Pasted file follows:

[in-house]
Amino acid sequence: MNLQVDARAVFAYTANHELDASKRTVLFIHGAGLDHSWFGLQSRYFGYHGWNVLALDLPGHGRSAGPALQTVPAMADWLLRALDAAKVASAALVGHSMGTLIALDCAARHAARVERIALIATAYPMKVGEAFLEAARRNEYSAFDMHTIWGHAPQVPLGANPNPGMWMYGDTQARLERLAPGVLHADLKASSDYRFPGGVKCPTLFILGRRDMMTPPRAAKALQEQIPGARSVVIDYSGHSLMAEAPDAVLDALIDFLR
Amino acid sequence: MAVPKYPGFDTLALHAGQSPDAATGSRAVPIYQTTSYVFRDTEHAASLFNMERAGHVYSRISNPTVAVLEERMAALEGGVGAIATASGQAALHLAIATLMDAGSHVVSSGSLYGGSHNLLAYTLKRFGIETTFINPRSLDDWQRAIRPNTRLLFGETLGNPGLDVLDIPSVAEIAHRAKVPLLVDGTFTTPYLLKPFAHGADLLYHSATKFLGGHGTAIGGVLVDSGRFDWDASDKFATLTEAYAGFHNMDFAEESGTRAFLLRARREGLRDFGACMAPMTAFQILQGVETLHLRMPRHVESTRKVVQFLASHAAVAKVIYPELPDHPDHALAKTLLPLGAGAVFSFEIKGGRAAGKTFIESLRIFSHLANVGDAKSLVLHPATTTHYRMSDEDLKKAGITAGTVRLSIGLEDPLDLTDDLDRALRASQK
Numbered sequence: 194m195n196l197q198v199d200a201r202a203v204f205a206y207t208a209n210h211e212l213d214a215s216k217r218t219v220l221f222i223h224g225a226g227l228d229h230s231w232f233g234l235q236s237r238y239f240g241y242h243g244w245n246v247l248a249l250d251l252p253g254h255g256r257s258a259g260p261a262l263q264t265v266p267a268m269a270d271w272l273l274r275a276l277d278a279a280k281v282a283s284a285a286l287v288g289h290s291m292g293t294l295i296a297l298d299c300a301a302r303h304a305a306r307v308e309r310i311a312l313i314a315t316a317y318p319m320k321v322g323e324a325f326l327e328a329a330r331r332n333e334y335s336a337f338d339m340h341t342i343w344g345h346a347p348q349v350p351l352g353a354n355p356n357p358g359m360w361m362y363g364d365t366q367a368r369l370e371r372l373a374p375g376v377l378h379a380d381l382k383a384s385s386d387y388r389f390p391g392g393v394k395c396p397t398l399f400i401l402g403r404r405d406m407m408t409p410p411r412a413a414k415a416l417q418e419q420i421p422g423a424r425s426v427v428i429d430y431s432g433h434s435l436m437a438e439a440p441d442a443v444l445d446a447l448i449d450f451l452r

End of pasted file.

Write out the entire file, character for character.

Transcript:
[in-house]
Amino acid sequence: MNLQVDARAVFAYTANHELDASKRTVLFIHGAGLDHSWFGLQSRYFGYHGWNVLALDLPGHGRSAGPALQTVPAMADWLLRALDAAKVASAALVGHSMGTLIALDCAARHAARVERIALIATAYPMKVGEAFLEAARRNEYSAFDMHTIWGHAPQVPLGANPNPGMWMYGDTQARLERLAPGVLHADLKASSDYRFPGGVKCPTLFILGRRDMMTPPRAAKALQEQIPGARSVVIDYSGHSLMAEAPDAVLDALIDFLR
Amino acid sequence: MAVPKYPGFDTLALHAGQSPDAATGSRAVPIYQTTSYVFRDTEHAASLFNMERAGHVYSRISNPTVAVLEERMAALEGGVGAIATASGQAALHLAIATLMDAGSHVVSSGSLYGGSHNLLAYTLKRFGIETTFINPRSLDDWQRAIRPNTRLLFGETLGNPGLDVLDIPSVAEIAHRAKVPLLVDGTFTTPYLLKPFAHGADLLYHSATKFLGGHGTAIGGVLVDSGRFDWDASDKFATLTEAYAGFHNMDFAEESGTRAFLLRARREGLRDFGACMAPMTAFQILQGVETLHLRMPRHVESTRKVVQFLASHAAVAKVIYPELPDHPDHALAKTLLPLGAGAVFSFEIKGGRAAGKTFIESLRIFSHLANVGDAKSLVLHPATTTHYRMSDEDLKKAGITAGTVRLSIGLEDPLDLTDDLDRALRASQK
Numbered sequence: 194m195n196l197q198v199d200a201r202a203v204f205a206y207t208a209n210h211e212l213d214a215s216k217r218t219v220l221f222i223h224g225a226g227l228d229h230s231w232f233g234l235q236s237r238y239f240g241y242h243g244w245n246v247l248a249l250d251l252p253g254h255g256r257s258a259g260p261a262l263q264t265v266p267a268m269a270d271w272l273l274r275a276l277d278a279a280k281v282a283s284a285a286l287v288g289h290s291m292g293t294l295i296a297l298d299c300a301a302r303h304a305a306r307v308e309r310i311a312l313i314a315t316a317y318p319m320k321v322g323e324a325f326l327e328a329a330r331r332n333e334y335s336a337f338d339m340h341t342i343w344g345h346a347p348q349v350p351l352g353a354n355p356n357p358g359m360w361m362y363g364d365t366q367a368r369l370e371r372l373a374p375g376v377l378h379a380d381l382k383a384s385s386d387y388r389f390p391g392g393v394k395c396p397t398l399f400i401l402g403r404r405d406m407m408t409p410p411r412a413a414k415a416l417q418e419q420i421p422g423a424r425s426v427v428i429d430y431s432g433h434s435l436m437a438e439a440p441d442a443v444l445d446a447l448i449d450f451l452r